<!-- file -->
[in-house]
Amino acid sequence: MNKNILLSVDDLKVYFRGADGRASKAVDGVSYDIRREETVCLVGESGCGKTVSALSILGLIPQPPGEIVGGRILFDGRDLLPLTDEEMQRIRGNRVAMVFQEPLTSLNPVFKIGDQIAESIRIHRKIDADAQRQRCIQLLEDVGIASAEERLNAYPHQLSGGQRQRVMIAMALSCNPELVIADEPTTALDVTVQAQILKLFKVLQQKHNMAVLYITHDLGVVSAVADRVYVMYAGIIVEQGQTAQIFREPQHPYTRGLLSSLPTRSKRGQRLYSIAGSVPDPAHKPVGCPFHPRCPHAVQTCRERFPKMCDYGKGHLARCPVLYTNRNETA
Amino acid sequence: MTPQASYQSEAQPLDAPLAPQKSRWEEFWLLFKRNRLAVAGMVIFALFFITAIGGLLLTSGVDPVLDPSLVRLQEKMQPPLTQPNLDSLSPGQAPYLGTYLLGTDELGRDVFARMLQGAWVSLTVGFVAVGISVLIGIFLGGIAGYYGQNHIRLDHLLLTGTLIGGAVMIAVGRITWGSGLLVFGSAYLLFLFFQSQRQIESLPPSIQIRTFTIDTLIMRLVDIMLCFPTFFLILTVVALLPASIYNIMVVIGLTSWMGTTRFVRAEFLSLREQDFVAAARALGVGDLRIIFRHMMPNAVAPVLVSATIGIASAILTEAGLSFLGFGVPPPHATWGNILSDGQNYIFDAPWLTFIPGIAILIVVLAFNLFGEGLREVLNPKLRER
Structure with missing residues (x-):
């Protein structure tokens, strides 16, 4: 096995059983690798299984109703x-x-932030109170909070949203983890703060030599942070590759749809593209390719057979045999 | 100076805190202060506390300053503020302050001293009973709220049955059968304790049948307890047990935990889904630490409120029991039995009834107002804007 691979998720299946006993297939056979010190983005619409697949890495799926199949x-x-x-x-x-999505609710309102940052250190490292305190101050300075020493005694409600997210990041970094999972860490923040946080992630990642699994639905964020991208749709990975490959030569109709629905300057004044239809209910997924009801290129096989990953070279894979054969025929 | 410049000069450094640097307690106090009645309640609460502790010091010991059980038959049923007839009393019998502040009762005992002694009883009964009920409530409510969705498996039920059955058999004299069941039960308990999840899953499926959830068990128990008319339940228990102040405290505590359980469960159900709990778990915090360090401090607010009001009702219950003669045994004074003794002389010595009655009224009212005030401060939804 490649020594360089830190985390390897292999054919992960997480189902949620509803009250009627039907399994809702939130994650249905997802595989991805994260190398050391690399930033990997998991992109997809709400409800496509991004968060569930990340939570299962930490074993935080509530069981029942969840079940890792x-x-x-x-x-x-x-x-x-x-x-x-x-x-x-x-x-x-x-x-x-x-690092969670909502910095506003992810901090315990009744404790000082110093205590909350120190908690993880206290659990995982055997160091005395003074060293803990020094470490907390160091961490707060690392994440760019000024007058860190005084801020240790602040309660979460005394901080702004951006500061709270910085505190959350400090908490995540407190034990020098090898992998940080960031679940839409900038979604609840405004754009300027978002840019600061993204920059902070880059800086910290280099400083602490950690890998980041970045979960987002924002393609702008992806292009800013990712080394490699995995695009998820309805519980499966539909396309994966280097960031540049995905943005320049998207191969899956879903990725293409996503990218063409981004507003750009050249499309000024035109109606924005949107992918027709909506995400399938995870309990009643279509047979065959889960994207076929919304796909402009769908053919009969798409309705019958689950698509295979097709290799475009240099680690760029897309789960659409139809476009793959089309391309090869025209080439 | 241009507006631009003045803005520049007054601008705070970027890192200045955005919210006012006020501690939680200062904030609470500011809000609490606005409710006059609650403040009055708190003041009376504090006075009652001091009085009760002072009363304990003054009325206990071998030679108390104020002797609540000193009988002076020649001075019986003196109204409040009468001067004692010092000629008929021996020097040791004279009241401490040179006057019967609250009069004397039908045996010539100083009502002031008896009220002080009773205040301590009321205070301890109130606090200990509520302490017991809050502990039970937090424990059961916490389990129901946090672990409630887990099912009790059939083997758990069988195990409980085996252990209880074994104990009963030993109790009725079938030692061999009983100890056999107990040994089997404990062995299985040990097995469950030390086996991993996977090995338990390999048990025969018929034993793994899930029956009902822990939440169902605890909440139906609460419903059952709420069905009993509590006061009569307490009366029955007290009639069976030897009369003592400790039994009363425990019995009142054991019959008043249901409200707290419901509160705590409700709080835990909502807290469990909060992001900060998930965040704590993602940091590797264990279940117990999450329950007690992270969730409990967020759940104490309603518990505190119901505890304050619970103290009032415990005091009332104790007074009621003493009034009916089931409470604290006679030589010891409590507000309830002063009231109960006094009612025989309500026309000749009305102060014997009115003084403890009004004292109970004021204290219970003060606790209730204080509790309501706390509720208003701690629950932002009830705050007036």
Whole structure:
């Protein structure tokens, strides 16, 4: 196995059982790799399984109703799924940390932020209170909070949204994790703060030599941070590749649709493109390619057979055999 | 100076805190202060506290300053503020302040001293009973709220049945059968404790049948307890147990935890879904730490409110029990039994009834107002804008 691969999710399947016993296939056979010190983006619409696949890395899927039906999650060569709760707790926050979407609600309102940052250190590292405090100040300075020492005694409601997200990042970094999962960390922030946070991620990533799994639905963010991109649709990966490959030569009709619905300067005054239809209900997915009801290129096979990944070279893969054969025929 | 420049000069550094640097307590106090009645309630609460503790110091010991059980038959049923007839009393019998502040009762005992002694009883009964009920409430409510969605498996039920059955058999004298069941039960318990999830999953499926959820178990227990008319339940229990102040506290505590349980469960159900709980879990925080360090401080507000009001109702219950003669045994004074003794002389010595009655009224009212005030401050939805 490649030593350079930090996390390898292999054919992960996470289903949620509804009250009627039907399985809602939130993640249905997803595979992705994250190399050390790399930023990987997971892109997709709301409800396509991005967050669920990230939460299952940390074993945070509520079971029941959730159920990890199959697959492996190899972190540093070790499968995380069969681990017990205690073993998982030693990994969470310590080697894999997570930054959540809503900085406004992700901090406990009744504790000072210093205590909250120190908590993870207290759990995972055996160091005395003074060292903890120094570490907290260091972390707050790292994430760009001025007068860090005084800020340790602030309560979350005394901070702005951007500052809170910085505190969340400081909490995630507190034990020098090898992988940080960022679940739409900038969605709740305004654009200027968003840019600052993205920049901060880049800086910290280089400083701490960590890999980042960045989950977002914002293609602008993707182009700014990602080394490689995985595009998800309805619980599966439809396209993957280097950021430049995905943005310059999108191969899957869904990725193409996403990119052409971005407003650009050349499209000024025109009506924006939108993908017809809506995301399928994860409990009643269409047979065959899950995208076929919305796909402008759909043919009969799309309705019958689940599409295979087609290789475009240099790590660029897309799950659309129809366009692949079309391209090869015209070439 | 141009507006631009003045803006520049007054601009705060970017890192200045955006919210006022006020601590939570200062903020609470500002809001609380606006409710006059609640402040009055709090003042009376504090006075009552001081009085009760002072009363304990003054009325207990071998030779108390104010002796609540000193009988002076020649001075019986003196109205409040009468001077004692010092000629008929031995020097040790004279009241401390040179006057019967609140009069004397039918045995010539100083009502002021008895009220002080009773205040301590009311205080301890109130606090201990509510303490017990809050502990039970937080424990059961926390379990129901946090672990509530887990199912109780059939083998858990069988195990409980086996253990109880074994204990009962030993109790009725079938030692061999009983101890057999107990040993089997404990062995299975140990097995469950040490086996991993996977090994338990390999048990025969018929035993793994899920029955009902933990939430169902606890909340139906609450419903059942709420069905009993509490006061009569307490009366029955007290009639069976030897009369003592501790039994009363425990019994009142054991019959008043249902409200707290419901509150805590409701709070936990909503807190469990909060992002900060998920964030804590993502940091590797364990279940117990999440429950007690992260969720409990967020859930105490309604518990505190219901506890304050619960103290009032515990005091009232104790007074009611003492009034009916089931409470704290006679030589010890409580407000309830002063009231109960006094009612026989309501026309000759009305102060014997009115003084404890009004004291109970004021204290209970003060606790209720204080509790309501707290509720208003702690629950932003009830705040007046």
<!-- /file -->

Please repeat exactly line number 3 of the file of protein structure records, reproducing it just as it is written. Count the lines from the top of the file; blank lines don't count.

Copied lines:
Amino acid sequence: MTPQASYQSEAQPLDAPLAPQKSRWEEFWLLFKRNRLAVAGMVIFALFFITAIGGLLLTSGVDPVLDPSLVRLQEKMQPPLTQPNLDSLSPGQAPYLGTYLLGTDELGRDVFARMLQGAWVSLTVGFVAVGISVLIGIFLGGIAGYYGQNHIRLDHLLLTGTLIGGAVMIAVGRITWGSGLLVFGSAYLLFLFFQSQRQIESLPPSIQIRTFTIDTLIMRLVDIMLCFPTFFLILTVVALLPASIYNIMVVIGLTSWMGTTRFVRAEFLSLREQDFVAAARALGVGDLRIIFRHMMPNAVAPVLVSATIGIASAILTEAGLSFLGFGVPPPHATWGNILSDGQNYIFDAPWLTFIPGIAILIVVLAFNLFGEGLREVLNPKLRER